I wanted to find more ways of addressing the "Feministpschoanalyticalqueerhistoricistnewcriticalculturalmaterial postcolonial factor" of Shakespeare in modern society. Thus, in my version, Beatrice's character remains relatively the same and still decries marriage and men in general. Tony on the other hand, is a homosexual and is, in his own words, "a bit of a slut". (Hummel 2001)
And at the practical level of writing in SMS, which she had to investigate and learn, she discovered a link to the language of Shakespeare:
While searching SMS dictionaries on the Internet, I came across a site called, "Freespeling.com (with one el)" [Wade 2001: 1] in attempting to justify his experiment in post-modern spelling, Wade encourages readers to remember "the great freespelers: Shakespeare and Queen Elizabeth" Shakespeare was a "freespeler" , and the "abreviations [sic] of Text messaging" are according to Wade an example of modern "freespeling" [Wade 2001: 2]. (Hummel 2001)
In concluding the exegetical paper that accompanied her creative text she reflects:
It would take a far greater writer than myself to create the same "highly suggestive and semantically complex" patterns in SMS text that arise in Shakespeare (Davis 1999: 22) but text messaging does not have to be merely functional. I have attempted to infuse some sort of rhythm in the SMS version of Much Ado About Nothing, for example, B's line: "2day 2Nite 2Moro he is pi$d. IMBluv (TIC)"...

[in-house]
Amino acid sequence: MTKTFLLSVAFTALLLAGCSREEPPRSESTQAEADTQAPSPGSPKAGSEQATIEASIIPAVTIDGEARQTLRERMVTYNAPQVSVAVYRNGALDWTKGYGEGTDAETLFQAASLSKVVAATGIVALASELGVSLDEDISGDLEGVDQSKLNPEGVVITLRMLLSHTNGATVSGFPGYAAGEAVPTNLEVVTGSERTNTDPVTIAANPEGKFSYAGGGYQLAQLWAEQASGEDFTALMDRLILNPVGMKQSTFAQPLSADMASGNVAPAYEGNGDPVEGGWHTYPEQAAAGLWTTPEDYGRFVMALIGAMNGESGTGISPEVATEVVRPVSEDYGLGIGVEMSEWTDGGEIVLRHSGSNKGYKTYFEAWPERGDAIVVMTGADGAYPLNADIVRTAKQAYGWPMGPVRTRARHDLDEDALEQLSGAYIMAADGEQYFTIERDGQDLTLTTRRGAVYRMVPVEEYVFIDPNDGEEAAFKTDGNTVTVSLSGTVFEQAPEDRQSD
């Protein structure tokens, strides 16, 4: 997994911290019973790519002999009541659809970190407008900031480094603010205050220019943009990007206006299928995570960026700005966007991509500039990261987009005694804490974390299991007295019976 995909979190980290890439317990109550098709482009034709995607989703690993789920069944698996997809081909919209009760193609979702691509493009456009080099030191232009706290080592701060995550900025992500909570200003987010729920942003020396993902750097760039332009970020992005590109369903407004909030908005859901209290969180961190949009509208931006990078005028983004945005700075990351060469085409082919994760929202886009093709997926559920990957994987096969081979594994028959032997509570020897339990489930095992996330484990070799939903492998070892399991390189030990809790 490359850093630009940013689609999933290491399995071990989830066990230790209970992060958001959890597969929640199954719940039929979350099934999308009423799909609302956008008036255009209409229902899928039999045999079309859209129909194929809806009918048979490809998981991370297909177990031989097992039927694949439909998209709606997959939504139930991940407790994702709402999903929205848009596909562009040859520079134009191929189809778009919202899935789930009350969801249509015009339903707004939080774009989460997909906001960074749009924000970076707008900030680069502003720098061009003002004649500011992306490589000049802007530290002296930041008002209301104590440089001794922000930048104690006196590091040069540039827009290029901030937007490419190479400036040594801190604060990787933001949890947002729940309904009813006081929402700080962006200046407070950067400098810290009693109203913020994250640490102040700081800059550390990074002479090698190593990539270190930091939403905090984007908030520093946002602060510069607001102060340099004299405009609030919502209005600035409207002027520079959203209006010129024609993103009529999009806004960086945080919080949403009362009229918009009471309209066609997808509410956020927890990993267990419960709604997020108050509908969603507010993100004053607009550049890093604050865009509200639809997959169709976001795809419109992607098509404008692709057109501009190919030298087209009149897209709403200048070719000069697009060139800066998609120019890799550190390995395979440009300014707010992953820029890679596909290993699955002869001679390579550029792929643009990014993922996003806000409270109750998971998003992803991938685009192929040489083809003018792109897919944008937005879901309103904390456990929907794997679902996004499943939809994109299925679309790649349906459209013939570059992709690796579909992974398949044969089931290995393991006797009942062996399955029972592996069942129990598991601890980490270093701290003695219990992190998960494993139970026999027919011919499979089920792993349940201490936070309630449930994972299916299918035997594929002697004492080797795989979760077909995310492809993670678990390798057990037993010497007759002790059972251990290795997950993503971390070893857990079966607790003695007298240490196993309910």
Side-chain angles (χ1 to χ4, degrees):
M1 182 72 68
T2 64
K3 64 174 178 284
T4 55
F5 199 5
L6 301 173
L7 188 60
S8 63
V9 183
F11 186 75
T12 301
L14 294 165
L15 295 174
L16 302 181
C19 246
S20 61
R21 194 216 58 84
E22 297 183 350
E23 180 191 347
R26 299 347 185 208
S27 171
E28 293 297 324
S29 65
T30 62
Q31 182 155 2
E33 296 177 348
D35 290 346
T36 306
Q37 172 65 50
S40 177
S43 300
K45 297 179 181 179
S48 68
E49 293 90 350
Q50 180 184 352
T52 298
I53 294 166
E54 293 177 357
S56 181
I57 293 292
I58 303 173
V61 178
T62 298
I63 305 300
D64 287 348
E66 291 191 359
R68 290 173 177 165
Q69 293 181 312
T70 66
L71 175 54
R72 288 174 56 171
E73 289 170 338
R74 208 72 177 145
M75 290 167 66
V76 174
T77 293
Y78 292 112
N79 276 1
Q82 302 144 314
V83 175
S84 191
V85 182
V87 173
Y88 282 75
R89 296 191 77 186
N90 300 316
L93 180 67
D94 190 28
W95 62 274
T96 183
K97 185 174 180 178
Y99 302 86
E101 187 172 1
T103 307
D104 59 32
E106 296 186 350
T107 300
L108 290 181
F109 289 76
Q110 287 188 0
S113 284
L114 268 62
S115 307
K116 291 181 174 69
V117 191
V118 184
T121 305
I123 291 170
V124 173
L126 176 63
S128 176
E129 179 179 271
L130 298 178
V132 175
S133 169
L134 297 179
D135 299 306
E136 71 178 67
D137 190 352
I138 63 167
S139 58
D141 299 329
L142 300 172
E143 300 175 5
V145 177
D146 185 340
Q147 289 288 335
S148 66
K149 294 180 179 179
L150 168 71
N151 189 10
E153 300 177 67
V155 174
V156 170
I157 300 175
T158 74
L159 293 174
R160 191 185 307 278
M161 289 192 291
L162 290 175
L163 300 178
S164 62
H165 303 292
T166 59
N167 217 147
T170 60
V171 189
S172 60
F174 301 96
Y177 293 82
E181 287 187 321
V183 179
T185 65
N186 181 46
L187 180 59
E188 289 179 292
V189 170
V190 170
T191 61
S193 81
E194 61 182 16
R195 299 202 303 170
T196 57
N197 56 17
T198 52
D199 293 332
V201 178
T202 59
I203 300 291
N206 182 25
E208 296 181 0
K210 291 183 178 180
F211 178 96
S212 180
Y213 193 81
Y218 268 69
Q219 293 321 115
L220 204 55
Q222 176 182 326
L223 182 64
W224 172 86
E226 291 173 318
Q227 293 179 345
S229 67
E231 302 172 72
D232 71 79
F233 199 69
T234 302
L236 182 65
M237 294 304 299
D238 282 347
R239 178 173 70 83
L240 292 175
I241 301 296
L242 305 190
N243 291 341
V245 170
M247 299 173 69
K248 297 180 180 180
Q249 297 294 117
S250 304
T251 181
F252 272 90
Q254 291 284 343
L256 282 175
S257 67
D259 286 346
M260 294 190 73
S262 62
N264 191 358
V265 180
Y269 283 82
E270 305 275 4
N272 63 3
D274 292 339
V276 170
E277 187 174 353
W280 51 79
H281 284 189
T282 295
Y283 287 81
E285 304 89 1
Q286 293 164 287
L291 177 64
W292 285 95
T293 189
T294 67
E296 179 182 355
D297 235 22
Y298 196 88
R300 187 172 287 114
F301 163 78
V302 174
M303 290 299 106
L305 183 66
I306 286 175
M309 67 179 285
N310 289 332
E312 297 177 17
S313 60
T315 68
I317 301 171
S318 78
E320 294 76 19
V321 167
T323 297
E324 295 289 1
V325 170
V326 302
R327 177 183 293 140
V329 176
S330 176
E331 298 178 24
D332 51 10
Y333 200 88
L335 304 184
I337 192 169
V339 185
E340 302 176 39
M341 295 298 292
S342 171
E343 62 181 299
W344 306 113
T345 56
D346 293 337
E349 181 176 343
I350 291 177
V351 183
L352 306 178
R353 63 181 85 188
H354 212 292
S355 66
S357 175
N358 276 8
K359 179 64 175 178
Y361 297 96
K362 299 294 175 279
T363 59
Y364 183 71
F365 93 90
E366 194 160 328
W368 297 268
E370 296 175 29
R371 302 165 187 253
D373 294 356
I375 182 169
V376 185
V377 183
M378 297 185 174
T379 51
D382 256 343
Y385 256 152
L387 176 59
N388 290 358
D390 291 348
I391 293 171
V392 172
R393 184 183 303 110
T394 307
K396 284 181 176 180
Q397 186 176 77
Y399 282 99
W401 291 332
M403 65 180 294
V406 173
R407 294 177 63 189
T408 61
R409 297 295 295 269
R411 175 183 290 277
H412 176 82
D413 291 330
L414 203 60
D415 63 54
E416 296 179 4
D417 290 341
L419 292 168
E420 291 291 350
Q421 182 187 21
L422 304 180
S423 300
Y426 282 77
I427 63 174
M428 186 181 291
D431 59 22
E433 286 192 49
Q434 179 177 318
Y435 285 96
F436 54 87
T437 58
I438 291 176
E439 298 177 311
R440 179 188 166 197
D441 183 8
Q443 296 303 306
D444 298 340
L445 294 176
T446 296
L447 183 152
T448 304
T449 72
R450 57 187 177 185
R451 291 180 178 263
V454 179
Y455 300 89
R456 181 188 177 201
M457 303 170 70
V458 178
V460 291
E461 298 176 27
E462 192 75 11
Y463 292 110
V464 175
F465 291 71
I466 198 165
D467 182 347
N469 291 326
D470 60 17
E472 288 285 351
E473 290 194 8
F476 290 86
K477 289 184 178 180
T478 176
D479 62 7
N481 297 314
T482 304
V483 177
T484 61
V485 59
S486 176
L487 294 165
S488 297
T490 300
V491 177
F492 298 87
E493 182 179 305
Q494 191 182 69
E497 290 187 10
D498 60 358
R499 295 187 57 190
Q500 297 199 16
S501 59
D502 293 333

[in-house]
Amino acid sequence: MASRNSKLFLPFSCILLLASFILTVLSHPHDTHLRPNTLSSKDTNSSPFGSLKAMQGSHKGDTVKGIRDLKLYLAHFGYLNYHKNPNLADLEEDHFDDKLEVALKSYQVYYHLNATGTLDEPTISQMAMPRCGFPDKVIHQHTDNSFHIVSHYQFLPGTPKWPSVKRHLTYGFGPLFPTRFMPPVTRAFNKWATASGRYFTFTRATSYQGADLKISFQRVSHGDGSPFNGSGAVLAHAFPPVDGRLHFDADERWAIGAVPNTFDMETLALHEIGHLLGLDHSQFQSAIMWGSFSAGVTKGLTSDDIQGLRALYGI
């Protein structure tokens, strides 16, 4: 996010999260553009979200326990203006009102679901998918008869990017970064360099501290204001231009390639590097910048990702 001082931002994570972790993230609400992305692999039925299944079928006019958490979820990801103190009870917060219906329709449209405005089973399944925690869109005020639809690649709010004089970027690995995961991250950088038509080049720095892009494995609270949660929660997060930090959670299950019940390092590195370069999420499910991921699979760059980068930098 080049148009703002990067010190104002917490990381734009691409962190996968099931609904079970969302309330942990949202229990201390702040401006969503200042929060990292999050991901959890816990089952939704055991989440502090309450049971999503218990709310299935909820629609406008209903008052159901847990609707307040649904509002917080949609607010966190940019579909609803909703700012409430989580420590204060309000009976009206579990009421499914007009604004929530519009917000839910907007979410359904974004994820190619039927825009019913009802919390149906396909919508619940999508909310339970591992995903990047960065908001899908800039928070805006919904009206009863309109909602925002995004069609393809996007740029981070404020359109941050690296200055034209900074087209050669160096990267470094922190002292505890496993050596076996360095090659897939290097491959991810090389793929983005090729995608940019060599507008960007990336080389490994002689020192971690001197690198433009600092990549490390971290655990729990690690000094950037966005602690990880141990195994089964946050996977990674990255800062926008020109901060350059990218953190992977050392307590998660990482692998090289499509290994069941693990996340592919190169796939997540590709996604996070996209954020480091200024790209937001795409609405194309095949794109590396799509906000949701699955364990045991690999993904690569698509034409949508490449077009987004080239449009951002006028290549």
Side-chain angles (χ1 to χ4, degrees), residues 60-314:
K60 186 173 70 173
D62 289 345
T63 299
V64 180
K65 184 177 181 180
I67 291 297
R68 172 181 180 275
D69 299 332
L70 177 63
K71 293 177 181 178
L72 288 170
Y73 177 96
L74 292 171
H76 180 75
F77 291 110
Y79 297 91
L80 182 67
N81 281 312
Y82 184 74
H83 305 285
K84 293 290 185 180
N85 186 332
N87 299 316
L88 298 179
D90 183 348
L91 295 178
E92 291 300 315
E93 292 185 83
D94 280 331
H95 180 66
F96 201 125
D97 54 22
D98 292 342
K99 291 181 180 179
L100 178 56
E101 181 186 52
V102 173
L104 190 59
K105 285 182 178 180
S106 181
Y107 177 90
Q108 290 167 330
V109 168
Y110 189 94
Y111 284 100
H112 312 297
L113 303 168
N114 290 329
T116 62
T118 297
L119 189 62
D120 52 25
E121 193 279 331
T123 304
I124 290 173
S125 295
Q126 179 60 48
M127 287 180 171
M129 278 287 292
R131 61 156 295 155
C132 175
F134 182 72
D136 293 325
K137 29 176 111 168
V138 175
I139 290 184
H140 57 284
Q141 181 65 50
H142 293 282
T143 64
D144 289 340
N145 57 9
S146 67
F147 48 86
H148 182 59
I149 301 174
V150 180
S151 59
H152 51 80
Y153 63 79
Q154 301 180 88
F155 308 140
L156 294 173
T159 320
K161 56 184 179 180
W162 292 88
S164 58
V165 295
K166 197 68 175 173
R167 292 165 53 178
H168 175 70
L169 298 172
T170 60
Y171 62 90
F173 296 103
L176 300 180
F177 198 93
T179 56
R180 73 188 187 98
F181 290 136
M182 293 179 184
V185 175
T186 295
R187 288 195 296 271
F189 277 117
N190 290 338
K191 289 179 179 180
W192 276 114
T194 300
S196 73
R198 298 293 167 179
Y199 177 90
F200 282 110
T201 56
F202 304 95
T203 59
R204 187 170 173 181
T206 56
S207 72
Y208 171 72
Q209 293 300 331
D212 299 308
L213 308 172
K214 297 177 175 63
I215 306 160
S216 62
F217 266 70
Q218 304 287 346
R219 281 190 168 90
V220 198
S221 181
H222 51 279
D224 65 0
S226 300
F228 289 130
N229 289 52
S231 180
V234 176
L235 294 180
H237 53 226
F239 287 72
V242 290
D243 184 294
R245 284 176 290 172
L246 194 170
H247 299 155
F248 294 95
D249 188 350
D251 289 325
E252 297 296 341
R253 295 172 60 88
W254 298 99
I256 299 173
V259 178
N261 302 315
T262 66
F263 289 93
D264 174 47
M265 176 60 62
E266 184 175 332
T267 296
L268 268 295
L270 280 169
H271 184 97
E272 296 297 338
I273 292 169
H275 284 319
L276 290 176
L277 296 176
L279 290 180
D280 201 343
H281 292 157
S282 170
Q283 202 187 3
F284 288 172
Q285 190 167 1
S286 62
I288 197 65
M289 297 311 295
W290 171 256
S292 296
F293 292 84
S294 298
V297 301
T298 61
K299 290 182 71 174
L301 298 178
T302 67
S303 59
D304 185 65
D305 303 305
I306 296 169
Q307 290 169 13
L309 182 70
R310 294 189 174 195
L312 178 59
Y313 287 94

A taste of her text is to be found in Appendix A below (note 2). When read alongside the original Shakespearian text, the new text can be seen as a delightful 'remaking' in contemporary lingo as well as in character, context and situation.
Here we have a student of the M2 Generation engaged in Literary Practice and specifically in Tekhne - very particularly in the productive arts, and the reasoned habit of mind in making something. This piece exemplifies creative and critical practice. It also reveals to us some of the possibilities now available to our students as 'creatives' of the M2 generation.
Thus, we turn to what we might do as we engage students with texts. We need to change what is expected in student assignments. We can no longer continue with the traditional practices. As Freiman argues:
although post-colonial responses to the domination of English have transformed the canon, introducing local literatures and post-colonial theory, as have the changes brought into the English discipline by feminism, Marxism, critical theory, cultural studies and creative writing, the basic hierarchical infrastructure remains in the perpetuation of traditional reading practices. These subjects continue to be dominated by literary canons which although reformulated (e.g. the Australian canon, a canon of women's writing), still require the teaching of literature as the interpretation of texts which are selected within paradigms of ideology and social control, even when these paradigms are shifting. (Frieman 2001)